Countries that have started vaccinating children under the age of 12


Tomorrow (Wednesday) the second discussion will take place in the Ministry of Health on childhood vaccines, with estimates that the vaccine will be approved at the end and next week the vaccination of children under 12 will begin. Israel will be the first country in the world after the United States to use Pfizer vaccines For children under 12 years.

There are currently 11 countries around the world, besides the US, that vaccinate children under the age of 12. Some use vaccines that have not been approved by the World Health Organization, and most do not provide complete data on immunization rates and morbidity rates among children. In Ecuador and Indonesia, children aged six and over began receiving the first vaccine.In Argentina, Bahrain and China, vaccines were approved for children from the age of 3. The UAE also began vaccinating children from the age of 3 with the Chinese Sinopharm vaccine in August, and in Cuba, children as young as two.

Venezuela: Vaccine from the age of two

Vice President Delsey Rodriguez announced yesterday (Monday) that Venezuela will begin vaccinating children aged 2 to 11 with the Cuban vaccine Soberana 2. While officials in the country say the initial results are similar to those of other vaccines that significantly reduce serious illness and death, Cuban vaccine trial results Passed peer review.

Vaccines in China from the age of 3 | Photo: helloabc / Shutterstock.com

China

China announced in late October that it was expanding its vaccination campaign for children from the age of 3, who would be vaccinated with a vaccine developed by the country – Sinopharm. Vaccination rates in the country are among the highest in the world, 75% of all 1.4 billion citizens are vaccinated in 2 doses, and now adults vaccinated 6 months ago are eligible for a third dose.

Cambodia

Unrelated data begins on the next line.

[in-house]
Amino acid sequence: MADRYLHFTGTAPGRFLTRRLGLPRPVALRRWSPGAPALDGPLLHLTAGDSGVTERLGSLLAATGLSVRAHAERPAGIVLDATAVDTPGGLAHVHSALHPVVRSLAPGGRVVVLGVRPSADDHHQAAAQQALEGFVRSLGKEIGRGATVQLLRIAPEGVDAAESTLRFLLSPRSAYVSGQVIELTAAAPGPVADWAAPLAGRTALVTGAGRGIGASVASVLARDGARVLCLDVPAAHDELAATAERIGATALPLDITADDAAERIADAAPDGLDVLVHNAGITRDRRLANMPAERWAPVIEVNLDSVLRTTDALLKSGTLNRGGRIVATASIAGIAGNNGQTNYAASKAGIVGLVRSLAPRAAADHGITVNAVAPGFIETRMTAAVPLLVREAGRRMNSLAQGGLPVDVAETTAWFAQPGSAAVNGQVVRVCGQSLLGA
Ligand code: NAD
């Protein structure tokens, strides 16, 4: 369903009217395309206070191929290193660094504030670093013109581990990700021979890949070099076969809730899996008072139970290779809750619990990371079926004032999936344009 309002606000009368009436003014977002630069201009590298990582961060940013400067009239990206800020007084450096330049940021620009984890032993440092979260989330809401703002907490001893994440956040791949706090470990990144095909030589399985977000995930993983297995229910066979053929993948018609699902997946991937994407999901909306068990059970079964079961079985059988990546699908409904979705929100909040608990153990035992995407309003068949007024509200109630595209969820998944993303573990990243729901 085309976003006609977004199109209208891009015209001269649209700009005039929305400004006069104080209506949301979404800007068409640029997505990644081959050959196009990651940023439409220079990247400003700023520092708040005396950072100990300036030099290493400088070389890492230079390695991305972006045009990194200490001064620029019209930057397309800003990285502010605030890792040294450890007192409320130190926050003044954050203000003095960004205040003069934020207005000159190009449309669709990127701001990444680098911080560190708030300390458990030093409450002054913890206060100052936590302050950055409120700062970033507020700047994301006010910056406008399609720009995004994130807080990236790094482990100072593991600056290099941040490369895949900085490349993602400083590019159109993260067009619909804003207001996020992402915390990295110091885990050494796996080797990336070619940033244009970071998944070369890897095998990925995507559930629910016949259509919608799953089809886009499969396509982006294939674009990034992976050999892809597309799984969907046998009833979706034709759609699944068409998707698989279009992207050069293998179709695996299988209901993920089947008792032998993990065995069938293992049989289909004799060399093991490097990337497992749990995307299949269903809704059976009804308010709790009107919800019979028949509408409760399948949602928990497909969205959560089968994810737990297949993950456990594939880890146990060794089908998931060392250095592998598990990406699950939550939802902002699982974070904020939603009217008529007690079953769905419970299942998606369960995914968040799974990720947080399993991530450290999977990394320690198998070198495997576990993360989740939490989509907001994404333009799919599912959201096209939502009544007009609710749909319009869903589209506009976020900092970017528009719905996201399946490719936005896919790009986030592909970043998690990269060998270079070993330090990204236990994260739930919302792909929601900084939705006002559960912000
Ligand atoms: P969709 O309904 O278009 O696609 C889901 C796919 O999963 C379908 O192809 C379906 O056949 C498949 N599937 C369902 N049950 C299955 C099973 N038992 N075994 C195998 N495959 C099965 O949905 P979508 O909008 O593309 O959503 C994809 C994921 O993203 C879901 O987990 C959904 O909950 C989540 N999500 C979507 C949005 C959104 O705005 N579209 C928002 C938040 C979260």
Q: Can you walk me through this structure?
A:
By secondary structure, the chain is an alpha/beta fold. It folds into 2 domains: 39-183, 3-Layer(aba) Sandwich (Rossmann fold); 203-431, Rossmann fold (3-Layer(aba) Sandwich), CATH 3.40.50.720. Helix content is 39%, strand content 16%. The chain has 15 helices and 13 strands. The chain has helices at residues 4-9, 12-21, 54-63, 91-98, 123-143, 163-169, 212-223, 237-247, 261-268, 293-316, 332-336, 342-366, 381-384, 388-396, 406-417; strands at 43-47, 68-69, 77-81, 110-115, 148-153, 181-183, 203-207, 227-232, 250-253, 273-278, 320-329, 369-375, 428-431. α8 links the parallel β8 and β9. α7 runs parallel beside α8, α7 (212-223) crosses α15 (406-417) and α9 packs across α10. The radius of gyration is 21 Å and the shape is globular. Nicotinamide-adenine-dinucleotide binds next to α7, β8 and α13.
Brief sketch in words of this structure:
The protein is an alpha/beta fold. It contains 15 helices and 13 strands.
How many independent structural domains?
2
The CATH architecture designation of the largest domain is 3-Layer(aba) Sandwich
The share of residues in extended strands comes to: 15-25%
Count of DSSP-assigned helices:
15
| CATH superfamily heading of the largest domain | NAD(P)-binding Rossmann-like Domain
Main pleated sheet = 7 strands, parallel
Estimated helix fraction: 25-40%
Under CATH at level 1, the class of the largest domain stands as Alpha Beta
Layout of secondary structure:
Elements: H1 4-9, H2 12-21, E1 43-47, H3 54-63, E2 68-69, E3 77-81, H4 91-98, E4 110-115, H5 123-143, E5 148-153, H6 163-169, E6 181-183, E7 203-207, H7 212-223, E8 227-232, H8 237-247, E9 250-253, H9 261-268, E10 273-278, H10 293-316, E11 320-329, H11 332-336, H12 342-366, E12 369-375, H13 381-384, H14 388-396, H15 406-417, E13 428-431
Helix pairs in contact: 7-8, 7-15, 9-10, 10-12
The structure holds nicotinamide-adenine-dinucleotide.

As early as September, Cambodia began vaccinating children from the age of 6, with the Chinese vaccines, and in early November it expanded the vaccination campaign for 5-year-olds, after the Cambodian prime minister said the previous operation for ages 6 and up was successfully completed. “As of October 31, Cambodia has vaccinated 85.68%, 13.7 million of the total population,” he said. “We achieved our goal about eight months earlier than planned.”

Chile

In early September Chile began vaccinating children from the age of 6 with the Chinese vaccine. Five of the experts at the State Public Health Institute (ISP) in the country voted in favor of applying the injection to children over the age of 6, while two voted in favor of issuing it only to those aged 12 and over, and one voted against. 80% of the entire population of Chile has been fully vaccinated.

Cuba

Cuba began vaccinating children from the age of two in the local vaccine it developed in September and was not recognized by the World Health Organization, making it the first country in the world to approve the use of corona vaccines for children as young as two years old. Despite dealing with severe food and drug shortages, Cuba has focused on developing its own vaccines. While local scientists say Cuban vaccines are safe and effective, there is very little data available to the public to prove their effectiveness.

Last Saturday, 712 new cases were reported in the country, the lowest number since mid-July. Francisco Duran, National Director of Epidemiology at the Cuban Ministry of Health, said the epidemiological situation in Cuba has improved in recent months, noting the high vaccination rates and active public participation in dealing with the health emergency. Meanwhile, more than 70 percent of the country’s eligible population has received a second dose of homemade vaccine.

Nashville - USA Airport"B (Photo: From the Twitter page @stephnthecity)
30 percent of U.S. parents do not want to vaccinate their children | Photo: From the Twitter page @stephnthecity

What’s happening in the US?

In the United States, of course, no data has yet been released on the results of vaccines for children – yesterday it was reported that 260 children aged five to 11 received a first dose of Pfizer.

Survey Published last week in the US found large gaps among parents – only 27% of parents said they vaccinated their children compared to 33% who said they would rather wait and see how the vaccine works before deciding. 5% of parents said they vaccinated only if required by their schools and -30% said they did not vaccinate the children anyway.

The parents’ main concerns regarding the vaccination of their young children aged 5-11 are related to potential long-term effects and serious side effects of the vaccine, including two-thirds fearing that the vaccine may affect their child’s fertility in the future.

By Editor

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